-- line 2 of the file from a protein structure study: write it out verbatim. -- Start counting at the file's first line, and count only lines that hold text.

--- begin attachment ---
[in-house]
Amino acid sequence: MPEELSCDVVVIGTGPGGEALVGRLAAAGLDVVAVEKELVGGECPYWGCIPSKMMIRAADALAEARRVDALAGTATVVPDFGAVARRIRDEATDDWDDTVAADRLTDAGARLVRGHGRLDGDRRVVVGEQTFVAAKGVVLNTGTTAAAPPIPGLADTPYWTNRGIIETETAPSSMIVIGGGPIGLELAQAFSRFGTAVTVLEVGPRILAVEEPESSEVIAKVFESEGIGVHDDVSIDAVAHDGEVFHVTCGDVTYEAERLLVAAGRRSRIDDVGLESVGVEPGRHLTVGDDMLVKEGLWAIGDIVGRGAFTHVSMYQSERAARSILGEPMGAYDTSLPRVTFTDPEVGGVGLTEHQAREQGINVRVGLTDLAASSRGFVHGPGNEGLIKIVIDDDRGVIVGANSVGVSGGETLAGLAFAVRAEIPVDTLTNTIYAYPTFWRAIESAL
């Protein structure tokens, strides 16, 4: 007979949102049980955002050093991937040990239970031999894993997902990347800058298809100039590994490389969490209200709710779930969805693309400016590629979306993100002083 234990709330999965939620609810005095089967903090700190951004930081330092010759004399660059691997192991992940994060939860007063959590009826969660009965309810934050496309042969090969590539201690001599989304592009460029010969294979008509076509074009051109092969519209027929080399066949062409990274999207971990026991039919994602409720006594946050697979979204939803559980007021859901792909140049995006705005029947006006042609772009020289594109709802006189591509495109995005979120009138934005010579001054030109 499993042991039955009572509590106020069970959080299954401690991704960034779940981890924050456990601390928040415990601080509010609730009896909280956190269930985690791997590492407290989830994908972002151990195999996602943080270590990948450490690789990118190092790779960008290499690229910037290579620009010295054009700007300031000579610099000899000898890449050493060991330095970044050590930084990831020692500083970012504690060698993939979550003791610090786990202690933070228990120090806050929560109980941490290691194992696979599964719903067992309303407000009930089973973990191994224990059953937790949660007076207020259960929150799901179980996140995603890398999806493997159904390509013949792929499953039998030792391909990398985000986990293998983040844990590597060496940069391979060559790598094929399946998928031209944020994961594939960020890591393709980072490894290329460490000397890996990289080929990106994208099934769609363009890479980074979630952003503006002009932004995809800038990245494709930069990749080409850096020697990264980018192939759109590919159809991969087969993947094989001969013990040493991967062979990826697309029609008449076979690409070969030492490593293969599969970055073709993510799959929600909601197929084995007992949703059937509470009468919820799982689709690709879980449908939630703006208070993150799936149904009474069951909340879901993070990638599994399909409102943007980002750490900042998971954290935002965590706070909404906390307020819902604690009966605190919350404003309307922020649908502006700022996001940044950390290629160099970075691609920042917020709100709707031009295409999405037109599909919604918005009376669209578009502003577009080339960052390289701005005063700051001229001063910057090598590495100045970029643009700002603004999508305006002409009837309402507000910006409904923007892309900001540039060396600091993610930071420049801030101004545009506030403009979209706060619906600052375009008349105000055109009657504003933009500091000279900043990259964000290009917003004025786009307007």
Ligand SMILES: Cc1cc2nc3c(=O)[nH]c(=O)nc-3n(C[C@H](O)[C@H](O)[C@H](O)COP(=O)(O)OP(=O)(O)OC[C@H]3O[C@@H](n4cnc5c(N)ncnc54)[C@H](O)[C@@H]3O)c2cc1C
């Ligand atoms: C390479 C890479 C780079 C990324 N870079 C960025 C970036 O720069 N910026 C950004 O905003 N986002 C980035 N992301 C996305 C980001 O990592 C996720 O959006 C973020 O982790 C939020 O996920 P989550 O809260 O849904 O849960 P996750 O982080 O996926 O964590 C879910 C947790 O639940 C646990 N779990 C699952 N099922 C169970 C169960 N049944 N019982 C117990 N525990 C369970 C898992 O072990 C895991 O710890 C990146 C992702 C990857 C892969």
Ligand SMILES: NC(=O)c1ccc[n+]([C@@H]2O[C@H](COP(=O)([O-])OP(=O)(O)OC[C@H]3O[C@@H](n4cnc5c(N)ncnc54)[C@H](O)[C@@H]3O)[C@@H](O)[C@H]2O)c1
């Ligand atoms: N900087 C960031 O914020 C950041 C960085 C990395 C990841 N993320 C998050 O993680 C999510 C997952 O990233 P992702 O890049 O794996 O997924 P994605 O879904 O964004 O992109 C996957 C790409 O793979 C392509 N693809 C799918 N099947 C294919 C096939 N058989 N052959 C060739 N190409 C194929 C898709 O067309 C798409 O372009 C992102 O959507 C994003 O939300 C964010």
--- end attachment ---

Amino acid sequence: MPEELSCDVVVIGTGPGGEALVGRLAAAGLDVVAVEKELVGGECPYWGCIPSKMMIRAADALAEARRVDALAGTATVVPDFGAVARRIRDEATDDWDDTVAADRLTDAGARLVRGHGRLDGDRRVVVGEQTFVAAKGVVLNTGTTAAAPPIPGLADTPYWTNRGIIETETAPSSMIVIGGGPIGLELAQAFSRFGTAVTVLEVGPRILAVEEPESSEVIAKVFESEGIGVHDDVSIDAVAHDGEVFHVTCGDVTYEAERLLVAAGRRSRIDDVGLESVGVEPGRHLTVGDDMLVKEGLWAIGDIVGRGAFTHVSMYQSERAARSILGEPMGAYDTSLPRVTFTDPEVGGVGLTEHQAREQGINVRVGLTDLAASSRGFVHGPGNEGLIKIVIDDDRGVIVGANSVGVSGGETLAGLAFAVRAEIPVDTLTNTIYAYPTFWRAIESAL